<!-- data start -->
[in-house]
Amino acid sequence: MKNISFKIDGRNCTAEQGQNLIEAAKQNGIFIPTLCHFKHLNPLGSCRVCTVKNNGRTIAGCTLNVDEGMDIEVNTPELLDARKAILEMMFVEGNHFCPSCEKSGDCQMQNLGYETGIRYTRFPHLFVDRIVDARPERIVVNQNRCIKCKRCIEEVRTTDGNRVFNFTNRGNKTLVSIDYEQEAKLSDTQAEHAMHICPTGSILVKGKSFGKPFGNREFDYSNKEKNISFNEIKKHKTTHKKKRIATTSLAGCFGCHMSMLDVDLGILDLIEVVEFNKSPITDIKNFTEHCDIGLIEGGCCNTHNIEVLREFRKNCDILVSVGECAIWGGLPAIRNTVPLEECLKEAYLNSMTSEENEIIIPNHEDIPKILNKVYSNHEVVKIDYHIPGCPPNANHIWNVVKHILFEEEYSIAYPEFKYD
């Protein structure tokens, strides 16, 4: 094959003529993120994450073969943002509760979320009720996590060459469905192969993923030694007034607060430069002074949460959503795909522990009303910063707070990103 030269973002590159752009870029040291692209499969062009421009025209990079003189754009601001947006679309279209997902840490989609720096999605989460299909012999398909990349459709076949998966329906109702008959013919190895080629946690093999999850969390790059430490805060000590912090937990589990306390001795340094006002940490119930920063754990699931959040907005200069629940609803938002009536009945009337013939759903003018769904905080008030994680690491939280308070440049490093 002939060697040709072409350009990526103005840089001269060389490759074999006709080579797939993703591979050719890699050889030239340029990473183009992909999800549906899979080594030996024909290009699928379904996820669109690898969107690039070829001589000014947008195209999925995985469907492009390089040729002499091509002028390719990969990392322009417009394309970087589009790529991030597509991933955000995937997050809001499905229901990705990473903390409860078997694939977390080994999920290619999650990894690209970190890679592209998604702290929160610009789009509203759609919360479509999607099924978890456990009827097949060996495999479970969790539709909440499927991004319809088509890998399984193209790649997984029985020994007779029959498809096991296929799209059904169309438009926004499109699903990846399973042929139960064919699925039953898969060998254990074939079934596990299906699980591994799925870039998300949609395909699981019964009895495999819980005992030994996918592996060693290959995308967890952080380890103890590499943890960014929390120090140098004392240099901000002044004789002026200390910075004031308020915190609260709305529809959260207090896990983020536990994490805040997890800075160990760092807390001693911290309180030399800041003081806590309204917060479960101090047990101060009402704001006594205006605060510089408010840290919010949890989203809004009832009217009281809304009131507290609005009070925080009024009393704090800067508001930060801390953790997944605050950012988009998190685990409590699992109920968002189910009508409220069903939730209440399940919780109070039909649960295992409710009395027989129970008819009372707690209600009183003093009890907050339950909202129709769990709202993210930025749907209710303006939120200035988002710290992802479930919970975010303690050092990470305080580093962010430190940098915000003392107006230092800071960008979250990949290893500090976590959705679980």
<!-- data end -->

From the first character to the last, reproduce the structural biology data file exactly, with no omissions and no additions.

[in-house]
Amino acid sequence: MKNISFKIDGRNCTAEQGQNLIEAAKQNGIFIPTLCHFKHLNPLGSCRVCTVKNNGRTIAGCTLNVDEGMDIEVNTPELLDARKAILEMMFVEGNHFCPSCEKSGDCQMQNLGYETGIRYTRFPHLFVDRIVDARPERIVVNQNRCIKCKRCIEEVRTTDGNRVFNFTNRGNKTLVSIDYEQEAKLSDTQAEHAMHICPTGSILVKGKSFGKPFGNREFDYSNKEKNISFNEIKKHKTTHKKKRIATTSLAGCFGCHMSMLDVDLGILDLIEVVEFNKSPITDIKNFTEHCDIGLIEGGCCNTHNIEVLREFRKNCDILVSVGECAIWGGLPAIRNTVPLEECLKEAYLNSMTSEENEIIIPNHEDIPKILNKVYSNHEVVKIDYHIPGCPPNANHIWNVVKHILFEEEYSIAYPEFKYD
């Protein structure tokens, strides 16, 4: 094959003529993120994450073969943002509760979320009720996590060459469905192969993923030694007034607060430069002074949460959503795909522990009303910063707070990103 030269973002590159752009870029040291692209499969062009421009025209990079003189754009601001947006679309279209997902840490989609720096999605989460299909012999398909990349459709076949998966329906109702008959013919190895080629946690093999999850969390790059430490805060000590912090937990589990306390001795340094006002940490119930920063754990699931959040907005200069629940609803938002009536009945009337013939759903003018769904905080008030994680690491939280308070440049490093 002939060697040709072409350009990526103005840089001269060389490759074999006709080579797939993703591979050719890699050889030239340029990473183009992909999800549906899979080594030996024909290009699928379904996820669109690898969107690039070829001589000014947008195209999925995985469907492009390089040729002499091509002028390719990969990392322009417009394309970087589009790529991030597509991933955000995937997050809001499905229901990705990473903390409860078997694939977390080994999920290619999650990894690209970190890679592209998604702290929160610009789009509203759609919360479509999607099924978890456990009827097949060996495999479970969790539709909440499927991004319809088509890998399984193209790649997984029985020994007779029959498809096991296929799209059904169309438009926004499109699903990846399973042929139960064919699925039953898969060998254990074939079934596990299906699980591994799925870039998300949609395909699981019964009895495999819980005992030994996918592996060693290959995308967890952080380890103890590499943890960014929390120090140098004392240099901000002044004789002026200390910075004031308020915190609260709305529809959260207090896990983020536990994490805040997890800075160990760092807390001693911290309180030399800041003081806590309204917060479960101090047990101060009402704001006594205006605060510089408010840290919010949890989203809004009832009217009281809304009131507290609005009070925080009024009393704090800067508001930060801390953790997944605050950012988009998190685990409590699992109920968002189910009508409220069903939730209440399940919780109070039909649960295992409710009395027989129970008819009372707690209600009183003093009890907050339950909202129709769990709202993210930025749907209710303006939120200035988002710290992802479930919970975010303690050092990470305080580093962010430190940098915000003392107006230092800071960008979250990949290893500090976590959705679980």